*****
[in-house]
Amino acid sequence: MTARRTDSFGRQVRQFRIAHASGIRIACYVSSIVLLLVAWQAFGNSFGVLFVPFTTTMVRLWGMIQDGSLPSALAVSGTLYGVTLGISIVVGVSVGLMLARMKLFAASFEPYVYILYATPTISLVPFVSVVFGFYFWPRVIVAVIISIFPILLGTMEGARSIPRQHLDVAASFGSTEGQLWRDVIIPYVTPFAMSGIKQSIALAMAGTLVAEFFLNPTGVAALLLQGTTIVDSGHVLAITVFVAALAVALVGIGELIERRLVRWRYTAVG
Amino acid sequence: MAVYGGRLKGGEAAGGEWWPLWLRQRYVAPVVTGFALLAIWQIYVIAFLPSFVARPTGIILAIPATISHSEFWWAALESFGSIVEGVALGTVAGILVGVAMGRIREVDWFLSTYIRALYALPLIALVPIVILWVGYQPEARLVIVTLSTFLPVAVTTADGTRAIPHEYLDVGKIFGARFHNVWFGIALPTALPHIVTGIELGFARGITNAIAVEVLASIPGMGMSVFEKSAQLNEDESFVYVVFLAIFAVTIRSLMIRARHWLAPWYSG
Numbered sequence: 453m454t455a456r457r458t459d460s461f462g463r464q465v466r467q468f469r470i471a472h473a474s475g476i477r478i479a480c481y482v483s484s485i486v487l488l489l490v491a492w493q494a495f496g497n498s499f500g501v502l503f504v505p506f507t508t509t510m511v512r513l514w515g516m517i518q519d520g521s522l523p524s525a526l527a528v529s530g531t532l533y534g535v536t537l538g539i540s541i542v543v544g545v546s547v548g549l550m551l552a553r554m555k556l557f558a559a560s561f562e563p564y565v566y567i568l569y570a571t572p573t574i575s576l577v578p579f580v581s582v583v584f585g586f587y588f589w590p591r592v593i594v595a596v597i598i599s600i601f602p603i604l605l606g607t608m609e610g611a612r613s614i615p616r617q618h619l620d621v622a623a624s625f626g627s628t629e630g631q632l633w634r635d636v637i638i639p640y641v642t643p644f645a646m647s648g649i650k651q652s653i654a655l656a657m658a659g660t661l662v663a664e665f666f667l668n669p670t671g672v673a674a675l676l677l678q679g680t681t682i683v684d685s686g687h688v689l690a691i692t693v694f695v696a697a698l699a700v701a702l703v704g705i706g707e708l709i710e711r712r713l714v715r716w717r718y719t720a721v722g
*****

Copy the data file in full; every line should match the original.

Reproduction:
[in-house]
Amino acid sequence: MTARRTDSFGRQVRQFRIAHASGIRIACYVSSIVLLLVAWQAFGNSFGVLFVPFTTTMVRLWGMIQDGSLPSALAVSGTLYGVTLGISIVVGVSVGLMLARMKLFAASFEPYVYILYATPTISLVPFVSVVFGFYFWPRVIVAVIISIFPILLGTMEGARSIPRQHLDVAASFGSTEGQLWRDVIIPYVTPFAMSGIKQSIALAMAGTLVAEFFLNPTGVAALLLQGTTIVDSGHVLAITVFVAALAVALVGIGELIERRLVRWRYTAVG
Amino acid sequence: MAVYGGRLKGGEAAGGEWWPLWLRQRYVAPVVTGFALLAIWQIYVIAFLPSFVARPTGIILAIPATISHSEFWWAALESFGSIVEGVALGTVAGILVGVAMGRIREVDWFLSTYIRALYALPLIALVPIVILWVGYQPEARLVIVTLSTFLPVAVTTADGTRAIPHEYLDVGKIFGARFHNVWFGIALPTALPHIVTGIELGFARGITNAIAVEVLASIPGMGMSVFEKSAQLNEDESFVYVVFLAIFAVTIRSLMIRARHWLAPWYSG
Numbered sequence: 453m454t455a456r457r458t459d460s461f462g463r464q465v466r467q468f469r470i471a472h473a474s475g476i477r478i479a480c481y482v483s484s485i486v487l488l489l490v491a492w493q494a495f496g497n498s499f500g501v502l503f504v505p506f507t508t509t510m511v512r513l514w515g516m517i518q519d520g521s522l523p524s525a526l527a528v529s530g531t532l533y534g535v536t537l538g539i540s541i542v543v544g545v546s547v548g549l550m551l552a553r554m555k556l557f558a559a560s561f562e563p564y565v566y567i568l569y570a571t572p573t574i575s576l577v578p579f580v581s582v583v584f585g586f587y588f589w590p591r592v593i594v595a596v597i598i599s600i601f602p603i604l605l606g607t608m609e610g611a612r613s614i615p616r617q618h619l620d621v622a623a624s625f626g627s628t629e630g631q632l633w634r635d636v637i638i639p640y641v642t643p644f645a646m647s648g649i650k651q652s653i654a655l656a657m658a659g660t661l662v663a664e665f666f667l668n669p670t671g672v673a674a675l676l677l678q679g680t681t682i683v684d685s686g687h688v689l690a691i692t693v694f695v696a697a698l699a700v701a702l703v704g705i706g707e708l709i710e711r712r713l714v715r716w717r718y719t720a721v722g